Move over China, the US now ranks first for e-commerce market opportunity, this according to AT Kearney’s latest Global Retail E-Commerce Index. The press release noted continued growth, an improving economy, and higher consumer confidence helped the US nudge out China for top ranking.
In Latin America, Mexico appears to have burst onto the global e-commerce scene debuting at 17th place. Meanwhile, Brazil and Argentina slipped because of logistics and transportation challenges in Brazil and government regulations in Argentina.
Not even ranked in 2013, Mexico is one to take note of in particular. According to AT Kearney, its young population and its close proximity to the US bode well for the future of e-commerce in the country. In fact, about half of Mexican online shoppers purchase from foreign websites. Solutions such as TNT and Redpack’s Redpost service. This allows Mexicans to shop at US online stores by way of obtaining a US address and then having goods delivered to Mexico. Goods are shipped through its shipping centre in Laredo, Texas, US. Retailers such as Amazon, Target and Newegg participate in this programme.
Wal-Mart is one of the big e-commerce players in Mexico and is also one of its largest supermarkets. In fact, Wal-Mart estimates it has a 92% market share in the home delivery of groceries in Mexico. As such, the company plans to further expand the number of stores offering grocery delivery. For many of its stores, online orders are sent from the existing public stores but Wal-Mart plans to also open additional “dark stores” exclusively to deliver web purchases. Most of the deliveries are made by freelance drivers, who supply their own motorbikes or cars and not surprising, delivery is strongest in Mexico City.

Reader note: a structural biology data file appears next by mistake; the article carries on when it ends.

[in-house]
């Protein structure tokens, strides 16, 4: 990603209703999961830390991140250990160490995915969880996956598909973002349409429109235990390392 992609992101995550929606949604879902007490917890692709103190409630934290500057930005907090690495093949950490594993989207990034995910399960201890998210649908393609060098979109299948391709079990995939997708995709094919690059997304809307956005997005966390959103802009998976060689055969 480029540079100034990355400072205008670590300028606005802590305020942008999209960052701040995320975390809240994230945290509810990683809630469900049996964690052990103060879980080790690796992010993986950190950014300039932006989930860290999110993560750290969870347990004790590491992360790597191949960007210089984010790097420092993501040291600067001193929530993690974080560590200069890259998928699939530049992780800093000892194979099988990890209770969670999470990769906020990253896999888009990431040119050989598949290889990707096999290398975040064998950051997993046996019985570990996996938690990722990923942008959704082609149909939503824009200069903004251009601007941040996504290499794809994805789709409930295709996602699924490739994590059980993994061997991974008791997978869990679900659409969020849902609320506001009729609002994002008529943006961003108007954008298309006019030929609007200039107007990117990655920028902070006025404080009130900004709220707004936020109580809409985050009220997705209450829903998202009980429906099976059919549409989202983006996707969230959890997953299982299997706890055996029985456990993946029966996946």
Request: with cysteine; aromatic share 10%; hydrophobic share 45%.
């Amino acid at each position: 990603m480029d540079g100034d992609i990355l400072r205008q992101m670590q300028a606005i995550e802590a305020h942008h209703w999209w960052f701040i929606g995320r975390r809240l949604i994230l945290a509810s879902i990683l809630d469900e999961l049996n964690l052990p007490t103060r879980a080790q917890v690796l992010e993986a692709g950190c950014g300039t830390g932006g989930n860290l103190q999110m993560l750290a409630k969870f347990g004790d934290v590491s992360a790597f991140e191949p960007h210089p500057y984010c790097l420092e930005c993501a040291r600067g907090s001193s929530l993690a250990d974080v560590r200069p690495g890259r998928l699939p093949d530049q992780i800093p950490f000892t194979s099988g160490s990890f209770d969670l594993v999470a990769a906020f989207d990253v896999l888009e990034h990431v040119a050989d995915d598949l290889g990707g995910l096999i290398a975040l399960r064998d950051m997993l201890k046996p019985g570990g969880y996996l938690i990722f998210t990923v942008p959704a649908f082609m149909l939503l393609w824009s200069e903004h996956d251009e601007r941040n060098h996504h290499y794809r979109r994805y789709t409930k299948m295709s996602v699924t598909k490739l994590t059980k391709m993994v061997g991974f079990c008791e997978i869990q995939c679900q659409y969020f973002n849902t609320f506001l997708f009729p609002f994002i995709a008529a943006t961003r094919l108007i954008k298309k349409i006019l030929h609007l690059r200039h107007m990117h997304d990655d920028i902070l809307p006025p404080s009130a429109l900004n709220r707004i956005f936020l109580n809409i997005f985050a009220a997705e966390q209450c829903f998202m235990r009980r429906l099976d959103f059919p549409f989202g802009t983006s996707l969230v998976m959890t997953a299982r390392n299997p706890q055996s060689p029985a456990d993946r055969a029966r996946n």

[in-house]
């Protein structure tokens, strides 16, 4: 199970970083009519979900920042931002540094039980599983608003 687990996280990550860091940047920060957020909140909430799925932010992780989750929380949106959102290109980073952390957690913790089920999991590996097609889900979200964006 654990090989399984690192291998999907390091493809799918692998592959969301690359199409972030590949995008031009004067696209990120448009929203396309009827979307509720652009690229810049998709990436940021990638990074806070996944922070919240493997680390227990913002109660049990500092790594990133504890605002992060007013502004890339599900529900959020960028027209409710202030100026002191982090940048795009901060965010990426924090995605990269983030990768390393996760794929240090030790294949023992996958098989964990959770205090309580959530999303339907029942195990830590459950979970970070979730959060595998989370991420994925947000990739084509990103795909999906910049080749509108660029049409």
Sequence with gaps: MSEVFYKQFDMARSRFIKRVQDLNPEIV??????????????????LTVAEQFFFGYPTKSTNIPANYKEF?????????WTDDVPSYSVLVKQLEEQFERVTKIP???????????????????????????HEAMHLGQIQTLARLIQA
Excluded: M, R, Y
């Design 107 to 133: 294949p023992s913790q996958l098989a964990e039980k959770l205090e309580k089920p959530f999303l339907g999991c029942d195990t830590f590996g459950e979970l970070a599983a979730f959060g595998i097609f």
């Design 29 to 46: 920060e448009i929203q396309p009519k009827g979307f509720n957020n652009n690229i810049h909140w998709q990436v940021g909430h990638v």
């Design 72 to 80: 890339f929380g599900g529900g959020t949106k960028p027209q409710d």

According to a 2014 Wall Street Journal article, collaboration on best practices is ongoing at Wal-Mart. The Mexican e-commerce team is advising Wal-Mart China on grocery delivery, believing that practices in Mexico should work well there as both countries have a low wage base, very dense urban areas and low banking-service penetration. The Wall Street Journal suggests that one practice that could be exported from Mexico is the use of portable credit-card terminals for deliveries so customers do not have to enter credit-card information online.
FedEx, UPS and DHL have all built out their domestic Mexican networks through the years and FedEx has made a couple of strategic acquisitions within the country to further expand its presence. All are capable of participating within this space but Mexico’s Estafeta is perhaps considered the leader, a status it looks likely to retain as it continues to roll out new services to take advantage of the growing Mexican e-commerce market.
GLOBAL SUPPLY CHAIN INTELLIGENCE (GSCi)